The greatest Irish war hero you've never heard of - Aidan MacCarthy

The film directed by Gary Lennon traces the story of the doctor during his time with the British air force in Europe, Singapore and Japan

 

Some few years before his death in 1995, Dr Aidan MacCarthy, a proud son of the Beara peninsula, mused upon his extraordinary experiences in the second World War. Given the endless pressures placed upon his frame, he must have suffered physical and psychological traumas in later life.

“No. I was very, very lucky,” he said. “I got skin cancer from the radiation of the atomic bomb and I got leukaemia from being close to the bomb and I had 16 operations in my arm as a result of the beatings. Obviously, I had the stroke and brain haemorrhage. But apart from that, nothing really.”

The quote is paraphrased by Gary Lennon, director of A Doctor’s Sword, a documentary that somehow manages to make the unbelievable seem possible. Raised in Castletownbere, educated at Clongowes Wood, MacCarthy decided to join the British services after failing to find work as a doctor in Ireland.

“He was out with a few graduates in 1939 and they realised all the armed services were recruiting,” Lennon says. “They just pulled a waitress over and got her to flip a coin between army and air force and it landed on the air force. That’s how he decided.”

The sequence of adventures that followed would defy the credulity of audiences for a work of fiction. MacCarthy was among those evacuated at the miracle of Dunkirk. A year later, he was awarded the George Medal for rescuing the crew of a bomber that crashed at an RAF base in Suffolk. Having endured one famous British defeat, he lived through another when he was captured following the fall of Singapore in 1942.

The suffering of the Allied prisoners captured by the Japanese has been well documented. MacCarthy called upon his training as a physician to assist his comrades through the beatings and starvation. Able to spot beriberi when he saw it, he improvised ways of insinuating vitamin B into the meagre diet.

Later, while being transported from Java to Japan, his troop ship was torpedoed by the Americans. Following rescue by a Japanese destroyer, the prisoners were beaten mercilessly by an unsympathetic crew.

Eventually, after leaping overboard and ending up on a whaler, they were brought to their original doomed destination.

“Dunkirk? Fall of Singapore? Torpedoed by the Americans?” Lennon marvels. “He must have thought that nothing worse could happen. Then he ends up in Nagasaki. The phrase ‘stranger than fiction’ doesn’t really cover it.”

Snippets of the legend

And the story was far from over. The seeds of the film were sewn when Bob Jackson, its eventual producer, began hearing snippets of the legend in and around Castletownbere.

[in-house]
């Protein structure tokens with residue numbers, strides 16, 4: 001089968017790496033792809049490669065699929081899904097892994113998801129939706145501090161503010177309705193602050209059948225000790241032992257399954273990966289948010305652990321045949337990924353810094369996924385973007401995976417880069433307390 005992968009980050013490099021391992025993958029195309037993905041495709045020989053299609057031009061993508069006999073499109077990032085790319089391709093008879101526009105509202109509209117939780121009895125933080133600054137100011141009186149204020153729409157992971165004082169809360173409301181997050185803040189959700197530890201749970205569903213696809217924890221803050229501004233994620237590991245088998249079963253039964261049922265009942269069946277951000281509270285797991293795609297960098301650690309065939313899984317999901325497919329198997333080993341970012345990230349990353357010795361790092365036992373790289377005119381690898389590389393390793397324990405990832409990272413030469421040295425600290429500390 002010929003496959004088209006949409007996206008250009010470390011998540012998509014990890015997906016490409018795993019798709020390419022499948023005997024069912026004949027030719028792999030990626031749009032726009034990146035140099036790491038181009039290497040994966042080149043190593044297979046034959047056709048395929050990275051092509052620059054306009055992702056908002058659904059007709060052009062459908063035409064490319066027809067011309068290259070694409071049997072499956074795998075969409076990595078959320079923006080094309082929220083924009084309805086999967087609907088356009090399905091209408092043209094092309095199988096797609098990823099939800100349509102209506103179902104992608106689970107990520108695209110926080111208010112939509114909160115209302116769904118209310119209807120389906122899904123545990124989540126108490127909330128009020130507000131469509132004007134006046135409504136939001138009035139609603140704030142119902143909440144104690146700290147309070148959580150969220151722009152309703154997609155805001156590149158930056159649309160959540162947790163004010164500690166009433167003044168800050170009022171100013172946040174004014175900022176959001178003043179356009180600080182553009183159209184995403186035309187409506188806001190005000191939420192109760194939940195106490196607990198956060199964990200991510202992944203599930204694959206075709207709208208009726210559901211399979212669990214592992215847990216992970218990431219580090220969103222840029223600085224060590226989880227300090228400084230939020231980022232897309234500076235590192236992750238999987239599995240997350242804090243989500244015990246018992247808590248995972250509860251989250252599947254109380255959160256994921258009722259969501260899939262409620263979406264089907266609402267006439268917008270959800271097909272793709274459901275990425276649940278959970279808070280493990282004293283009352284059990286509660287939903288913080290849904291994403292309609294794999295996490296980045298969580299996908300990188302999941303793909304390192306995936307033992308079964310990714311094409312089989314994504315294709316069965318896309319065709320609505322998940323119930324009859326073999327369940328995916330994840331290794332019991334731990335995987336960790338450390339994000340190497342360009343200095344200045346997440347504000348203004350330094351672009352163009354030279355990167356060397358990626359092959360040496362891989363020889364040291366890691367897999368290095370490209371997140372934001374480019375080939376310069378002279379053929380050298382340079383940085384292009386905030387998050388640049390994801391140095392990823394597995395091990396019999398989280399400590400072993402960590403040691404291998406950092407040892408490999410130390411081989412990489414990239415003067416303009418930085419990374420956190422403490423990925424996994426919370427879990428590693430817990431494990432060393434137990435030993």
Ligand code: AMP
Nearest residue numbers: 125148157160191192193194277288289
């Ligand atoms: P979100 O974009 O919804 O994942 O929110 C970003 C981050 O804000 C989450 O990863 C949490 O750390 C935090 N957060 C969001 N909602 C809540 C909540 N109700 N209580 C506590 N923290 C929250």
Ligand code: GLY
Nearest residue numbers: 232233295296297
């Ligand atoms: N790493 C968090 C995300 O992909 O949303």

It was said that the surviving family had a Japanese sword that had been given to MacCarthy by his final commandant. Fourteen years ago, Jackson walked into the famous MacCarthy’s bar in that town.

“He looked around and said: ‘What’s this about a samurai sword?’” Lennon explains.

“And the woman behind the bar said: ‘You mean this sword?’ And that was Aiden’s daughter Adrienne. They struck up a friendship. That was the genesis.”

Some years later, Jackson and Lennon set about knocking the film into production. It was a difficult project to finance and, given the complexity of the story, a difficult one to structure. Some sort of order imposed itself when Nicola, another daughter, eventually tracked down a photograph that had accompanied the sword. The notes on the back added almost as much mystery as they dissipated. “Dear friend Dr MacCathy [SIC], I give it to you with the farewell present,” it read.

“It was in some ways the final piece of the puzzle,” Lennon says. “We had a picture of the man who gave it to him. We had a picture of the sword.’ But the sword has extraordinary significance in Japanese culture.”

What could MacCarthy have done to trigger such gratitude in a proud antagonist?

Working to a tight schedule, they eventually disentangled the story and tracked down the family of the original owner of the sword.

Following the detonation of the atomic bomb on Nagasaki, MacCarthy, who had been working in the city’s Mitsubishi plant, emerged to a localised apocalypse. He did his best to help the survivors before being transported to a work camp several miles from the city. It now seems that, as liberation loomed, MacCarthy stepped in to stop his fellow prisoners from attacking Lieut Isao Kusuno, who was in charge of the camp.

The war is a taboo

“There had been conflicting stories,” Lennon says. “The daughters had heard that, after the surrender, all the Aussie prisoners wanted to lynch him. It’s not an unreasonable feeling to have. Nicky had heard that story. It was challenging as well because Japanese culture doesn’t talk about these things. The war is a taboo.”

With this in mind, it was all the more remarkable that Lennon eventually managed to get the Kusuno family on screen and that they were so warm and communicative about their ancestor’s story.

“They met us right away and our ‘fixer’ said that sort of thing doesn’t happen in Japan,” he says. “The Japanese are so organised down to every second. Their reaction was so different to everybody else we’d met.”

MacCarthy went on to marry and live a busy life in England. The film packs staggering amounts of tragedy into a small space. But it ends in an impressively positive place. Read that phrase again. “I was very, very lucky,” the doctor later said.

“Yes, whenever he had a bad day we’d play that clip,” Lennon says. “And my editor remarked that, when she heard it, she realised she could never complain about anything in her life again.”

A Doctor’s Sword is out on limited release from August 7th

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